Posted by:
Lindsey Pollak

Lindsey Pollak

July 6, 2015


Reputation Damage Control

However it happened, no matter the details, whatever the reason, it happened. You screwed up. Big time.

Maybe you forwarded a nasty internal email to a bigwig client. Or you completely slacked for an entire month while mourning the jerk who cheated on you. Or you got a bit too friendly with your McDreamy boss at the company cocktail party…right in front of his wife.

Whatever went down, even if the details are fuzzy, one thing is clear: your reputation is in need of some serious damage control.

If necessary, allow yourself 30 minutes to cry, wail, panic, bang your fists against the floor, or whatever else you need to get out of your system. Then start dealing with the issue immediately. The longer you wait to address a problem, the more anxiety you’ll build up and the more snide remarks will spread through your office.

First and foremost, you need to assess the damage. Sometimes ambitious girls like us can blow mini-mistakes totally out of proportion. Find a trusted colleague or friend and explain the situation. Ask for that person’s opinion about whether the incident is a reputation-ruiner or just a minor faux pas requiring a simple apology, such as getting caught texting your best friend at a meeting or calling a board member by the wrong name.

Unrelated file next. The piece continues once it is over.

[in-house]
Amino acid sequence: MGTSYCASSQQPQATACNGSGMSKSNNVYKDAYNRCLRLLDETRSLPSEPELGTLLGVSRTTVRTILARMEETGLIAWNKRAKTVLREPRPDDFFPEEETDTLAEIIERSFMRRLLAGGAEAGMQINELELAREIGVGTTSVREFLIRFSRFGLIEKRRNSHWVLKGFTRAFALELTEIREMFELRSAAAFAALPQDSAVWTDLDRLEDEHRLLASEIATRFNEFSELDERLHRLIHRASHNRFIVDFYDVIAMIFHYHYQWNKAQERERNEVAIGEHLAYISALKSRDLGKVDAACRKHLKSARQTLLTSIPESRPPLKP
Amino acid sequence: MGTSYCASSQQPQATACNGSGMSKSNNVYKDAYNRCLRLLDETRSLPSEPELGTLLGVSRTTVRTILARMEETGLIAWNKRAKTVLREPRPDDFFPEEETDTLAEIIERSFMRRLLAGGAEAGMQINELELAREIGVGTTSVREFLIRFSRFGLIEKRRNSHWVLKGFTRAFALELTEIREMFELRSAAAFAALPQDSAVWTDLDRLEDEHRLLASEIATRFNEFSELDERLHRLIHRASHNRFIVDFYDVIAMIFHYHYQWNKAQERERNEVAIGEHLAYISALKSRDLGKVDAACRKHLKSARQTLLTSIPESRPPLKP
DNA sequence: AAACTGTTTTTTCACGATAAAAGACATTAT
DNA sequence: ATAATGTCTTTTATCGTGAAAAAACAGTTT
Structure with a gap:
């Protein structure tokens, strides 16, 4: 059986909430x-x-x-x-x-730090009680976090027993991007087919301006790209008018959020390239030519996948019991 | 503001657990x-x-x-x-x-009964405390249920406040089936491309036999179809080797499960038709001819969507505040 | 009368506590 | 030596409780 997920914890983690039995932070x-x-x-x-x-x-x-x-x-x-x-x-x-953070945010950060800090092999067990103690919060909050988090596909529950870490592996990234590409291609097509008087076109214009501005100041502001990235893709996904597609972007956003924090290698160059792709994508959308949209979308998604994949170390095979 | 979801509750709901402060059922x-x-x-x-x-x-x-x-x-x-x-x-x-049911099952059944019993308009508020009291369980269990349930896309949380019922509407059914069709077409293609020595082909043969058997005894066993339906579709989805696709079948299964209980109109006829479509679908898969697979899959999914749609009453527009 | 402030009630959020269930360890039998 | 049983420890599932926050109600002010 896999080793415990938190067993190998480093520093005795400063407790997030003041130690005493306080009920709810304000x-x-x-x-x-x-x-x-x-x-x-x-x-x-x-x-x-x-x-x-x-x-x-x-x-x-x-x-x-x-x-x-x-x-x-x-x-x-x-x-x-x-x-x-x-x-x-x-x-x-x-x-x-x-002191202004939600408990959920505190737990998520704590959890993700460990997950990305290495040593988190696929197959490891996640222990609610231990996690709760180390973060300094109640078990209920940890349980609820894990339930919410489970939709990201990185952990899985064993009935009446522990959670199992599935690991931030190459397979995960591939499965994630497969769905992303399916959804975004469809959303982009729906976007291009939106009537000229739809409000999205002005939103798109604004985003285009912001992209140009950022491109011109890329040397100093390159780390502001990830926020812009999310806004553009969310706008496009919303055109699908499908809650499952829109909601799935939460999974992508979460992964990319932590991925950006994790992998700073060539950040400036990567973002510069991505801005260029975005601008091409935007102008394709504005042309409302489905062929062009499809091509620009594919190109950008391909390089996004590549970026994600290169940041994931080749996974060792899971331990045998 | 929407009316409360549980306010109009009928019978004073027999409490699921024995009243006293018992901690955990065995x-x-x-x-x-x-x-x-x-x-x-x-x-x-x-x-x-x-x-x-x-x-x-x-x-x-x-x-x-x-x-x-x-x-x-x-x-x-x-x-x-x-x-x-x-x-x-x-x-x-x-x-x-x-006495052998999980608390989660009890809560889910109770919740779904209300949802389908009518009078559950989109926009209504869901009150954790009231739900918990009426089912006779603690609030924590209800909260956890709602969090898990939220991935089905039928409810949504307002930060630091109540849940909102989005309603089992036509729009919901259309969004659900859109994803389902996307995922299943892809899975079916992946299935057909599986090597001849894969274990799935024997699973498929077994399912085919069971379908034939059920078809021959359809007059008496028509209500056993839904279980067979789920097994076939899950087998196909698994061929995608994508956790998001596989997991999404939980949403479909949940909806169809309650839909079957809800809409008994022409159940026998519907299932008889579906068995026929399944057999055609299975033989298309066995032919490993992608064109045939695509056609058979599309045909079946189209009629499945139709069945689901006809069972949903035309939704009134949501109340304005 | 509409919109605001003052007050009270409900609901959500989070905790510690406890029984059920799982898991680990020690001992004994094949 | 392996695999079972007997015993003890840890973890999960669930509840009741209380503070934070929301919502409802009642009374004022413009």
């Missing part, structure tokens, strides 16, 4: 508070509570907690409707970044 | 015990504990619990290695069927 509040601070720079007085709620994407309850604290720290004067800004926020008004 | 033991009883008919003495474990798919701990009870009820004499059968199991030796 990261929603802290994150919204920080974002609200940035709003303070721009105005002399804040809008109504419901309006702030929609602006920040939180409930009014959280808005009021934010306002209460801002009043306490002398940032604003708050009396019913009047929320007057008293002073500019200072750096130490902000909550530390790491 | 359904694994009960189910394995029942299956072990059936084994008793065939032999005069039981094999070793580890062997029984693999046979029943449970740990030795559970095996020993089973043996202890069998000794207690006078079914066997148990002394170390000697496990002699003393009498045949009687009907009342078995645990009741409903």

If you have seriously hurt your reputation, immediately acknowledge your bad behavior to your boss or other appropriate superior. Owning it is the first step to overcoming it. Set up a chat and explain that you know you have tarnished your reputation. Apologize for any harm done, and then state your intention to improve your behavior. That’s it: acknowledge, apologize, act. You might ask, “What can I do over the next few weeks or months to win back your trust/respect?” Every workplace and situation is different, so specifics can be helpful. If you don’t feel comfortable asking this or you don’t receive any support, here are some good general reputation revivers:

Play it safe. This is not the time to interrupt people at meetings, ask for vacation time, walk in ten minutes late in the morning, or stand out in any negative way. Lay low for a while.

Don’t dwell. If a colleague brings up your past mistakes, do your best to change the subject. Your “news cycle” will surely be overtaken by some new gossip as long as you don’t rehash your situation every day in the cafeteria.

Show results. You can do a lot for your reputation by kicking butt at your job duties. Now would be a good time to review your upcoming projects and goals and do your best to exceed expectations.

Move on. Finally, there is one more action to consider. If you made a super-big, super-bad error and can’t find a way to recover, you may need to wave a white flag and get going. Sometimes it’s better to start fresh elsewhere, with a clean slate— and a clean reputation.